• There's a locked box that's too heavy to take with you, but it can be unlocked with the key. It contains the ruby.
  • The sword is stuck in a rock, and can't be removed. To get it, you need the magic wand.

The first thing I did when starting the game was map the caves. At first I was simply noting down the cave numbers, followed by the numbers of each connecting cave, as follows:


Eventually, I noticed a pattern. All of the caves up to a certain point connect to the cave that is double their number, and the cave one higher than that. So Cave 1 connects to caves 2 and 3. Cave 8 connects to Caves 16 and 17. Once I'd spotted this, making a map was pretty simple.

Sorry this is so small, but it gives an idea of the general layout. The map wraps around, so that Caves 32 and 64 connect up. The entrance cave (0) connects to Caves 1 and 94.

With a map made, and a list of every item, danger and special location in the game, it was time to try and collect all of the treasures. I almost did it on my first try; it's not that hard when you know the items to avoid collecting early (the coins, the keys, the gun and the wand). I collected 19 of the treasures, but one item kept on thwarting me: the magic carpet.

For some reason I can't figure out, the magic carpet keeps disappearing on me. Every time I try and get it to the exit it just vanishes into thin air. I haven't been able to figure out why it does this, or how to stop it, but it's happened in every game I've played. My hope is that it reappears in another location, but so far I haven't found it after it's vanished. It's very frustrating.

I took a look at Jason Dyer's posts on Treasure Hunt to see if he figured out the magic carpet thing. He beat the game, and mentioned that the carpet disappears sometimes. For me, it's been every time. At the moment I'm just playing repeatedly, hoping that I'll eventually get a game where the carpet stays in my possession. It obviously happened for Jason, but I'm wondering if there's some trick to it that he lucked into without realising. If there is, I sure don't know about it.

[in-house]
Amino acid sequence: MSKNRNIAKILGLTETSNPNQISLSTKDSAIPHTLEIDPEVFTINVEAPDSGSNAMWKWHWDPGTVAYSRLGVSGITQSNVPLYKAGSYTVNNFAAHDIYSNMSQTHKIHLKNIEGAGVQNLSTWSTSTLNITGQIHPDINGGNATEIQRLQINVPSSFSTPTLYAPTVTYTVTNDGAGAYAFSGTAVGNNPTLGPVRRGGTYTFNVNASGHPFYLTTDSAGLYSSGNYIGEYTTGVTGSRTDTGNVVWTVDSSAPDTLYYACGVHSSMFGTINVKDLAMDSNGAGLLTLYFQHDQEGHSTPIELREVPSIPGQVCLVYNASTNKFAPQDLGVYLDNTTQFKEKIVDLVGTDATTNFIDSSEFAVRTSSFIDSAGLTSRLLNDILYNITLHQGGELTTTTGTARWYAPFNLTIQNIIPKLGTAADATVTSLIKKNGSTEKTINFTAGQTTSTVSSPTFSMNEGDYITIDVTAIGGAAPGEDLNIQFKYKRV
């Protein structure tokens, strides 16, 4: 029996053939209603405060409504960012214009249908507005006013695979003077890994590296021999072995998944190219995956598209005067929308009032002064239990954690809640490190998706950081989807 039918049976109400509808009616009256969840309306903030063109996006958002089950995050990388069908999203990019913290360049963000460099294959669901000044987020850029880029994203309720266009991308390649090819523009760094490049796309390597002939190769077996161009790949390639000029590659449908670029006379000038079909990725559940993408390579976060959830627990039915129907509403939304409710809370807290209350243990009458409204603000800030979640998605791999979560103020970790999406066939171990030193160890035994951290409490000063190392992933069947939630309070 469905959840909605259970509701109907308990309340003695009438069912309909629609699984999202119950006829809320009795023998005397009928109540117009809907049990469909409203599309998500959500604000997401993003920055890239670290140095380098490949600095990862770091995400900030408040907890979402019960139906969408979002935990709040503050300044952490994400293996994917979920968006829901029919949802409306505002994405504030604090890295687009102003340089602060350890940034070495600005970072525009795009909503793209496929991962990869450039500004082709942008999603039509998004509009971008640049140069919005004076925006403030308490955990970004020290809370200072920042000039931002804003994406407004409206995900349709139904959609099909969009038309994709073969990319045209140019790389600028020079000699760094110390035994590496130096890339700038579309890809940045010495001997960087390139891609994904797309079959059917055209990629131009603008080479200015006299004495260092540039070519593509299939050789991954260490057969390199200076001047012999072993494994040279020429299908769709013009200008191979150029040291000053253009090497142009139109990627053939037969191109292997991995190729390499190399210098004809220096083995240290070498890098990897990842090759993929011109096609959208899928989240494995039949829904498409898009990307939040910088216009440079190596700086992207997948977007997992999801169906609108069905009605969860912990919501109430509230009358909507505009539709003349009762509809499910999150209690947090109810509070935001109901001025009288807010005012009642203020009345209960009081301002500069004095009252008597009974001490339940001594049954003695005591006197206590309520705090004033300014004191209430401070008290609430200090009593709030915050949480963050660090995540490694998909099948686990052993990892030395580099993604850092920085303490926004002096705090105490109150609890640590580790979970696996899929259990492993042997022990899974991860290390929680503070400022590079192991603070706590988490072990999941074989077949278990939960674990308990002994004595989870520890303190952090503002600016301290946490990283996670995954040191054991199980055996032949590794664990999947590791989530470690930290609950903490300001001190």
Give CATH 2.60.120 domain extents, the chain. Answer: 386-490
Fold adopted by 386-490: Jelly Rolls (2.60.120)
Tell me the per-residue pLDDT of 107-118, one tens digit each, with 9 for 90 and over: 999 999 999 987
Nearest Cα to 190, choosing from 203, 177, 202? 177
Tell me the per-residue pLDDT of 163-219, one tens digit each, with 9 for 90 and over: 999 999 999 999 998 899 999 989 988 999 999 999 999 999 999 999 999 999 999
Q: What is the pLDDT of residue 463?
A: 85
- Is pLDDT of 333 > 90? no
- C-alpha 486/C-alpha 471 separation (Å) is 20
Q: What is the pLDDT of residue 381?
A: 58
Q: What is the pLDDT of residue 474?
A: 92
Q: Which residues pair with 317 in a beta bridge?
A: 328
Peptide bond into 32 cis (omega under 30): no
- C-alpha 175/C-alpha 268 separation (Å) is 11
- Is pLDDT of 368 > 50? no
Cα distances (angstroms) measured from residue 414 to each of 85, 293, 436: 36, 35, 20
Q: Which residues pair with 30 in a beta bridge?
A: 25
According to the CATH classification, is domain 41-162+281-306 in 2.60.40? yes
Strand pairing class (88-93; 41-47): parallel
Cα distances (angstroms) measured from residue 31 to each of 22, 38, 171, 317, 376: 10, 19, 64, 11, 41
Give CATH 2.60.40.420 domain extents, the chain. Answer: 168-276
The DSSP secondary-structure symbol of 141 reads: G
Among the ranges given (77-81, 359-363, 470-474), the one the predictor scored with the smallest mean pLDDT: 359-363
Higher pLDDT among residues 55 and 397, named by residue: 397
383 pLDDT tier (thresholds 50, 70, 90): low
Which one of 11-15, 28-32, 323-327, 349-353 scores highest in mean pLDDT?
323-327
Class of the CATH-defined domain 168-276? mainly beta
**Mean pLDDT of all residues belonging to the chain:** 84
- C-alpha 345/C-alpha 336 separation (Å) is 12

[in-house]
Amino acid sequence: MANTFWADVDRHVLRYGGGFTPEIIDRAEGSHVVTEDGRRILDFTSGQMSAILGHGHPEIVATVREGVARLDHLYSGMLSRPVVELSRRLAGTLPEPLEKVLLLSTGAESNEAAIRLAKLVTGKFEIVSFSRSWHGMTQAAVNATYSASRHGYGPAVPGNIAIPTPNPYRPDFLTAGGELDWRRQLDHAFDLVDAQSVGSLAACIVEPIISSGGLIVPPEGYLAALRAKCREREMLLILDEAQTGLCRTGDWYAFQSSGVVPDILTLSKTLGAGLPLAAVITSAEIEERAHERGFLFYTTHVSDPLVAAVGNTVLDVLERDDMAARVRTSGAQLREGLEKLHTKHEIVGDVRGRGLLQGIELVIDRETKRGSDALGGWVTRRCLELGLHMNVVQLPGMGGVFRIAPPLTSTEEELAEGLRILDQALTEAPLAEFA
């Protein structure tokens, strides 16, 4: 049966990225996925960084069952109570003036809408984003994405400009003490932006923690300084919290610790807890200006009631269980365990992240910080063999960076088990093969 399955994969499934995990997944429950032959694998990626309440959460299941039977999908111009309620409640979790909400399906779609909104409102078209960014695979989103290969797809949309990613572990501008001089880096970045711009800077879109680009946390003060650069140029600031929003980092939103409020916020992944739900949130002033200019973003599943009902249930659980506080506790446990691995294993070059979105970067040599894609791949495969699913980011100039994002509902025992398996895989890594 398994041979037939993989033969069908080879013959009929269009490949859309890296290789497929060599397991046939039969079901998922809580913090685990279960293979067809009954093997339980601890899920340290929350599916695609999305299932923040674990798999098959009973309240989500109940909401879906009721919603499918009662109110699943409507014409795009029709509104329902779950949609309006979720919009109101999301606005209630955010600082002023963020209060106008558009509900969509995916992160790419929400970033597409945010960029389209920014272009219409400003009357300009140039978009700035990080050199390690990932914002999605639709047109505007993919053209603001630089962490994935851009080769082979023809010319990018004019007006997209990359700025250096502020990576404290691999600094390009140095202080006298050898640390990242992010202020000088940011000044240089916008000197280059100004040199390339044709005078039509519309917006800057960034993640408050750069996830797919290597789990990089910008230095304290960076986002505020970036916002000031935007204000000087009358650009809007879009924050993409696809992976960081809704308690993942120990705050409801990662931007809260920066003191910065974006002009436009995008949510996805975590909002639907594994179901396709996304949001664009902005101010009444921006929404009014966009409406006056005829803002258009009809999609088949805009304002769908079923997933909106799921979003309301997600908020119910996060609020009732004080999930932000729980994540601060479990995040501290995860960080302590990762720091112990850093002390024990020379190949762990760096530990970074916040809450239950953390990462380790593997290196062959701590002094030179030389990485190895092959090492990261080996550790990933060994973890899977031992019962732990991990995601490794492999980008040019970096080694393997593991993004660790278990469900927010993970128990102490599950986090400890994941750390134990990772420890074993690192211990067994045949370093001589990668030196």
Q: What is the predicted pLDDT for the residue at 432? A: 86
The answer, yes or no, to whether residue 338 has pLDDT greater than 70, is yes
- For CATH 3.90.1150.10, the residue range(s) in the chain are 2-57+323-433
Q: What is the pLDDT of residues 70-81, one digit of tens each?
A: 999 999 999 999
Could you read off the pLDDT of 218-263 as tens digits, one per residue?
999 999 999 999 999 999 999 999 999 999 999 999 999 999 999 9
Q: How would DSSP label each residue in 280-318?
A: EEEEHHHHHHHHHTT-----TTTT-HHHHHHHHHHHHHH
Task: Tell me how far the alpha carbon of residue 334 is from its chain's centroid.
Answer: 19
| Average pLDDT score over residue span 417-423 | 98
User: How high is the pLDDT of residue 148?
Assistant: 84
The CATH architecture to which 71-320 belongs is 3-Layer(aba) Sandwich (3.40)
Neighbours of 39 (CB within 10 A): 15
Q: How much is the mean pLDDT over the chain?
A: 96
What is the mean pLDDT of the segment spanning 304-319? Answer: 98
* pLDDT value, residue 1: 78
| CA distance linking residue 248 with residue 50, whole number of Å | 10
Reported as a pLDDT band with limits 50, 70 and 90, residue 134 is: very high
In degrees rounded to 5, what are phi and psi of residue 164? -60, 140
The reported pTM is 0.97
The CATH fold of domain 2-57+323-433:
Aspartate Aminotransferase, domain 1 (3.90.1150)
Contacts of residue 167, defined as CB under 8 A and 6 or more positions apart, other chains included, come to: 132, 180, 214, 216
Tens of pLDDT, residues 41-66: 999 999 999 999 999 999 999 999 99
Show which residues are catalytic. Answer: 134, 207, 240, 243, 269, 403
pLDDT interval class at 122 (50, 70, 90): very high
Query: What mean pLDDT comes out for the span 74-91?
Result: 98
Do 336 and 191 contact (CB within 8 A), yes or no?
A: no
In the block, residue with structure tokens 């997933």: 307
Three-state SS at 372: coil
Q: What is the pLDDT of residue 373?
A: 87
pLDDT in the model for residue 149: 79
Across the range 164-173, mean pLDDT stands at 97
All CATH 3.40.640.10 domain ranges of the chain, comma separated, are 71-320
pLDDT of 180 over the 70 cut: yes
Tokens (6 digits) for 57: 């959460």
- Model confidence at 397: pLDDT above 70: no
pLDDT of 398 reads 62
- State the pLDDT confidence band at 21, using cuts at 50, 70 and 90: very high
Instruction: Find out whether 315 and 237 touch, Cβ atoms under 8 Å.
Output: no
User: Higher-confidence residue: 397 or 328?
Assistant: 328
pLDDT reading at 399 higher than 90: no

I'd hoped that this would be a one-post game, but no such luck there. Hopefully I'll be able to beat it by next weekend, but unless I can solve this carpet problem it ain't going to happen. I'm really reluctant to postpone victory for two games in a row, so if I can't figure it out I might be on Treasure Hunt for a really long time.

Sunday, April 28, 2019

MUD1: Postponed Victory.

And so, as promised, I come to the end of this blog's overlong involvement with MUD1. I never intended to spend so long playing it, and I certainly never intended to take a ten-month break between posts. Still, real life can be hard sometimes, and virtual life can sometimes be more enjoyable than you expect it to be. MUD1 was certainly far more involving than I was prepared for, even as a single player game, and I got caught up in trying to probe its every secret. It's well past time to move on though, as far as the blog is concerned, even though I'll still be playing it on my own time.

I had a few goals laid out for myself at the end of the last post, and I managed to tick all of them off. There are still two major obstacles in the game that I can't get past, but for the moment I'm completely stuck with them, and will probably remain so unless I can get some hints from another friendly player. I'll go through my goals one by one below.

1. Get past the gate in the tunnel leading from the beach.

The southern beach (the one you can only reach by jumping from the cliff with an umbrella) has a tunnel leading into the cliff. The tunnel is blocked by a gate that can't be opened by a single player. I took the most simple and direct solution to this problem: I created a second character and had them both running in the game at the same time. With the help of Kejakena, I was able to lift the gate and explore beyond.

I forgot that I had no light source the first time I did this.